For baseball double headers, double scoop ice creams and double feature films most people feel like they’re getting more for their money. For this Quentin Tarantino and Robert Rodriguez (From Dusk Till Dawn, Four Rooms, Sin City) collaboration, the two filmmakers serve up a double dose of mayhem, blood, breasts, guts and wild fun. These back-to-back 70’s style films (with fake trailers and cheesy restaurant ads) offer sex, fun and chills. But for those who say two heads are better than one, in this case maybe try one and one-half.
Rodriquez’s installment Planet Terror, takes place in a small town where a town has been infected by some mysterious plague. Agent Fox Mulder from X-Files would salivate for this story where a toxin has infected the locals by turning them into zombie like creatures. (And there is that Osama Bin Laden political reference) An emotional go-go dancer Cherry (Rose McGowan) who wants to be a stand-up comedian, and her ex-boyfriend Wray (Freddy Rodríguez) lead the fight against these disfigured humans and the local army. Think Night of the Living Dead except in reverse. How many ways can someone cut, dice, slice, and shoot a zombie?
Rodriguez aims low and scores big with the film’s look (they even manipulated the film to give it a scratchy 70s appearance) and feel. Just enough character development and story exist to make the wild ride fun. Rodriguez tosses in the correct amounts of breasts, women in peril, cheesy love scenes (watch out for those missing film reels) and a thumping music score to make this jaunt worth taking.
What would a cheesy double feature be without those old school trailers and food advertisements? Tarantino and Rodriguez had several directors (Eli Roth, Edgar Wright, Rob Zombie) create lowbrow trailers (like Machete, “He’s one bad ass Mexican”) to sandwich the features. These intentionally cheesy, sometimes outrageously funny fake previews offer up fun as well as several cameos. They keep the flow of the cheesy action fun that Rodriguez built up with Planet Terror. Unfortunately after this point the momentum comes to a screeching halt.
Quentin Tarantino’s Death Proof takes the serial killer genre and pushes it full throttle. Instead of offing victims with a hatchet or machete, here the murderer uses a stuntman racing car. Like so many Tarantino films this one takes time to get its engine revving. The seemingly pointless setup has three friends hanging out at various Austin restaurants and bars hoping to party and meet some fellas. Meanwhile, Stuntman Mike (Kurt Russell) stalks them from afar. While the girls party in one bar, Mike works his creepy charm with another single lovely. Next thing she knows she’s getting a ride home. Or so she thinks. It’s not too long before she’s trapped inside the car with Mr. psycho killer driving way past the speed limit in his 1971/1972 Chevy Nova. Poor girl doesn’t even have a seatbelt, which doesn’t bode well for said young lady when he slams on the brakes. Gruesome.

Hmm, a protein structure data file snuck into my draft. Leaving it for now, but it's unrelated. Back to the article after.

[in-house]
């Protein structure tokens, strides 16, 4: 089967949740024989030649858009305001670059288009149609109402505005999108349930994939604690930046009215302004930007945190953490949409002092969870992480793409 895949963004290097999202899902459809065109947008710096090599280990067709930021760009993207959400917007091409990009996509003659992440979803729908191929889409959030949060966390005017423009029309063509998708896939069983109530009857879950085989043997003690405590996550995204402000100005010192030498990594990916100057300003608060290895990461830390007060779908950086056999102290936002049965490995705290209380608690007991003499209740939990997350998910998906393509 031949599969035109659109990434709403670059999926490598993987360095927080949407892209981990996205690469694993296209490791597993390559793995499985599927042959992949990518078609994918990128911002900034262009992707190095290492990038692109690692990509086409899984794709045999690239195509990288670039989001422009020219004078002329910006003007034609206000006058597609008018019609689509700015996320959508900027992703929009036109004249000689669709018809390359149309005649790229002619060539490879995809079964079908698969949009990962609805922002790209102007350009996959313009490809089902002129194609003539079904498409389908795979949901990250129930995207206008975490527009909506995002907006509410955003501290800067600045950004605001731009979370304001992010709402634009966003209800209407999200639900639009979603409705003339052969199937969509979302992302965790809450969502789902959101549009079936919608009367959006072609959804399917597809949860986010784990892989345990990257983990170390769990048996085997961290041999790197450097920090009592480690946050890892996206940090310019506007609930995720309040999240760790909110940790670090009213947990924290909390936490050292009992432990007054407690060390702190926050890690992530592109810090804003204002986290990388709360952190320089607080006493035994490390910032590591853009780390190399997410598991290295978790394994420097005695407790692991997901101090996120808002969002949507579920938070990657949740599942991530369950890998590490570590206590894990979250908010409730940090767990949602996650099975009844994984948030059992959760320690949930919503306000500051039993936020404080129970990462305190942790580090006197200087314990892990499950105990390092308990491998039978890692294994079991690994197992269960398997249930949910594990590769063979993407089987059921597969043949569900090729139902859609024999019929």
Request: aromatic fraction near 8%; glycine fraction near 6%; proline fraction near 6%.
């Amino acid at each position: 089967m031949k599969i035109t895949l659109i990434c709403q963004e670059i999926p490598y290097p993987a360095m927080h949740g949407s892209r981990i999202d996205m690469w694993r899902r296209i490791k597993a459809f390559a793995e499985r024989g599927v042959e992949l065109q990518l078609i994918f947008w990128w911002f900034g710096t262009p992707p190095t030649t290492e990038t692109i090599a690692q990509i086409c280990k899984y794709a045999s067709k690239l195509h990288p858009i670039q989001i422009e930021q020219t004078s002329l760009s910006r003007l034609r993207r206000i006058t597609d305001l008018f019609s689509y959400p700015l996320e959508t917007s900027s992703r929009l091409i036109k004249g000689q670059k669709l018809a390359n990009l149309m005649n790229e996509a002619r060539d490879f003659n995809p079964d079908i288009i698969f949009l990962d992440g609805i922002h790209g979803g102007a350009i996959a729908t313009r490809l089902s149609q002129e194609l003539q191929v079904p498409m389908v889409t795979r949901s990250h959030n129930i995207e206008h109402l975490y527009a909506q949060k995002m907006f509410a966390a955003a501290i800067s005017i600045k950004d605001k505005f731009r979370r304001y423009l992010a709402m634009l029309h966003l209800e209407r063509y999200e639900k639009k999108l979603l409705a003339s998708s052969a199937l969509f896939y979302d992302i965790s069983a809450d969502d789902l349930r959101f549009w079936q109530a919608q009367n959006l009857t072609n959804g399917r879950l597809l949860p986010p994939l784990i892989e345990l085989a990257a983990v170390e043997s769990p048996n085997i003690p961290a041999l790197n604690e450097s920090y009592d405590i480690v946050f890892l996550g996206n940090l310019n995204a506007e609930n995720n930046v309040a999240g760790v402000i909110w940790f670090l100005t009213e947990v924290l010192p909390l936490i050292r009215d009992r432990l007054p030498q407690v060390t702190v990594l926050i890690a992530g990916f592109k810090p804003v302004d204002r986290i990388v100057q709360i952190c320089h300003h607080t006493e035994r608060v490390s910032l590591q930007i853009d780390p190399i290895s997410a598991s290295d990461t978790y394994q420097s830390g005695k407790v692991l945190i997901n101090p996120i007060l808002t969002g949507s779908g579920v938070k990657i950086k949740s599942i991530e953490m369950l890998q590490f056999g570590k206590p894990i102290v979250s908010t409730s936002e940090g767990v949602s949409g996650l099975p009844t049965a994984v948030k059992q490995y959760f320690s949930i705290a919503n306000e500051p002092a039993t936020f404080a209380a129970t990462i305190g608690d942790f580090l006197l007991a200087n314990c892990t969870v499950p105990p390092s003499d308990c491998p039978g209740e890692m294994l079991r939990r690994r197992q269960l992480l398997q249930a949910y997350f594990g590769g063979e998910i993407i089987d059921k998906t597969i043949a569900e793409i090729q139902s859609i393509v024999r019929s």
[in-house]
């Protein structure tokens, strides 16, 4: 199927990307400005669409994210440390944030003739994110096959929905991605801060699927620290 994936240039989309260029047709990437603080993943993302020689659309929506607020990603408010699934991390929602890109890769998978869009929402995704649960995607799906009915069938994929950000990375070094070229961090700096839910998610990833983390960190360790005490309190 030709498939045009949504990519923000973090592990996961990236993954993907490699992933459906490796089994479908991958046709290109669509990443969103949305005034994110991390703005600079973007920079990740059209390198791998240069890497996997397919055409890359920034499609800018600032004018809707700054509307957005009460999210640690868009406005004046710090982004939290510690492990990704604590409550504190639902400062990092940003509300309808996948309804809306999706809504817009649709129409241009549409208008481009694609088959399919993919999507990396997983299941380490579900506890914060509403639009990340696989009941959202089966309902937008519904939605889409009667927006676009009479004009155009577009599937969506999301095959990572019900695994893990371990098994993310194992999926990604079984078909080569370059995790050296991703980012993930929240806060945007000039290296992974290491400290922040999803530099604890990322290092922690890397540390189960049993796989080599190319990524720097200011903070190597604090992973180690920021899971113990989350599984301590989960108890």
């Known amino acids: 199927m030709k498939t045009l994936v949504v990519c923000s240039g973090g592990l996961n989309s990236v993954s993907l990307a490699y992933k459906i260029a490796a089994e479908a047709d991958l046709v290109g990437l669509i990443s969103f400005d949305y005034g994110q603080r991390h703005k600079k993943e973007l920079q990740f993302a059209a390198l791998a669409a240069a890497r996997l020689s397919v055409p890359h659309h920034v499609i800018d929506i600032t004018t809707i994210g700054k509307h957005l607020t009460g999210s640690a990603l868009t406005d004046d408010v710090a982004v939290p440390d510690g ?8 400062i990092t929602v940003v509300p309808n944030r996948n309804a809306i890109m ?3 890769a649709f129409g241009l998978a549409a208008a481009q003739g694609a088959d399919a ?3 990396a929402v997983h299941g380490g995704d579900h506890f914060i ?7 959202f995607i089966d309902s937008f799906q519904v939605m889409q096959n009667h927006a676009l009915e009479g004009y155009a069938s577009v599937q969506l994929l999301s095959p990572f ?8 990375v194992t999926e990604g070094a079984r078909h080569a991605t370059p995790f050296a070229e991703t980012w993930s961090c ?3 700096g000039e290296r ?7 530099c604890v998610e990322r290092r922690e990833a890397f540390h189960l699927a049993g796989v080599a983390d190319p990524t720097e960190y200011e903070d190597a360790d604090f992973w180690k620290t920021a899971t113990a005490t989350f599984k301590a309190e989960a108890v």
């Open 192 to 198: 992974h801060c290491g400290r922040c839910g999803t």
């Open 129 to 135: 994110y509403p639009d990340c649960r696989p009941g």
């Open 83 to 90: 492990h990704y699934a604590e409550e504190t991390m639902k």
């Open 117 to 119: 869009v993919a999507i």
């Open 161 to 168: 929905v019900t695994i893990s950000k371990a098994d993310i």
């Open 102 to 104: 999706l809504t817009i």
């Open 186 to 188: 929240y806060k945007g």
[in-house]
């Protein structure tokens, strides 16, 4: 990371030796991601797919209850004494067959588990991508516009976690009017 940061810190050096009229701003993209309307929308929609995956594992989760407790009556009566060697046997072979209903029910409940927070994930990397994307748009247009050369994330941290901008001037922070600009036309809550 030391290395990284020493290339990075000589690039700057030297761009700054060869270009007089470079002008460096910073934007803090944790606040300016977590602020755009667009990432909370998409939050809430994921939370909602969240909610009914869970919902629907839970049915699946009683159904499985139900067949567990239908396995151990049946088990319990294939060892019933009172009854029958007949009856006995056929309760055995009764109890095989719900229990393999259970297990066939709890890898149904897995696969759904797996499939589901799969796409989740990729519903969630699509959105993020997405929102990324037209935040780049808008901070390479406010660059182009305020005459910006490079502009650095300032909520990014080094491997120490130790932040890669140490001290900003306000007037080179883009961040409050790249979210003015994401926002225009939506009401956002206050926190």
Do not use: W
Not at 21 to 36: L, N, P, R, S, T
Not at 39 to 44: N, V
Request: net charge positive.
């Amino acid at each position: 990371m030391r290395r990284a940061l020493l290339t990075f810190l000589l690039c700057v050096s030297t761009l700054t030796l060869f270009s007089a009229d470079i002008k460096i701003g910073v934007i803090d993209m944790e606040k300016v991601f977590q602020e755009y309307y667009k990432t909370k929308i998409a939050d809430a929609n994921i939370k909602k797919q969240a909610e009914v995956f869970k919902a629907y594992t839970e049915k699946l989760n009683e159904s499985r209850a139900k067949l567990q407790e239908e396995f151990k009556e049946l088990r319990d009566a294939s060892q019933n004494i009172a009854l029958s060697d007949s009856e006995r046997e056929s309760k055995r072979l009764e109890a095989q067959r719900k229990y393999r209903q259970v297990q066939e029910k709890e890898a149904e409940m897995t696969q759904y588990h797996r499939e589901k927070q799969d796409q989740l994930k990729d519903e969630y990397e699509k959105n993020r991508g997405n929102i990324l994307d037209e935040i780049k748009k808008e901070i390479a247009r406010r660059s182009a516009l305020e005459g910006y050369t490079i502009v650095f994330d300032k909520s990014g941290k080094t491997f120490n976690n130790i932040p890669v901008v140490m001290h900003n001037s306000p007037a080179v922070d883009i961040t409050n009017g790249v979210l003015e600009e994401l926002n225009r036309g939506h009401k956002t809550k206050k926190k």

For his next victims, Mike sets his sight on another group of young ladies, two of whom happen to be stuntwomen on break from a film. It’s not long before Mike is trying his best to run the ladies off the road while they take a stunt filled joyride. Like in most Tarantino’s work, these tough girls don’t take a murder attempt lying down. And bad things eventually happen to Stuntman Mike.
While Tarantino brings high speed thrills and stunts to Death Proof, he fails to offer the fun that Rodriguez as well as the trailer directors generated. For a film that appears caught between Death Race 2000, Duel and Friday the 13th, it’s hardly worth sitting though the pointless bar banter (not to mention Tarantino’s acting). Maybe Quentin would have been better served creating an homage to the oft mentioned film Vanishing Point rather than directing this wreck on wheels.
American writer/director and one of the most iconic filmmakers of the 1990s. The former video store clerk made his debut in 1992 with the dazzling crime thriller Reservoir Dogs, which mixed razor sharp dialogue, powerhouse acting and brutal violence in controversial style. Sprawling black comedy thriller Pulp Fiction was one of 1994's biggest hits and resurrected John Travolta's career, much as 1997's Elmore Leonard adaptation Jackie Brown did for Pam Grier.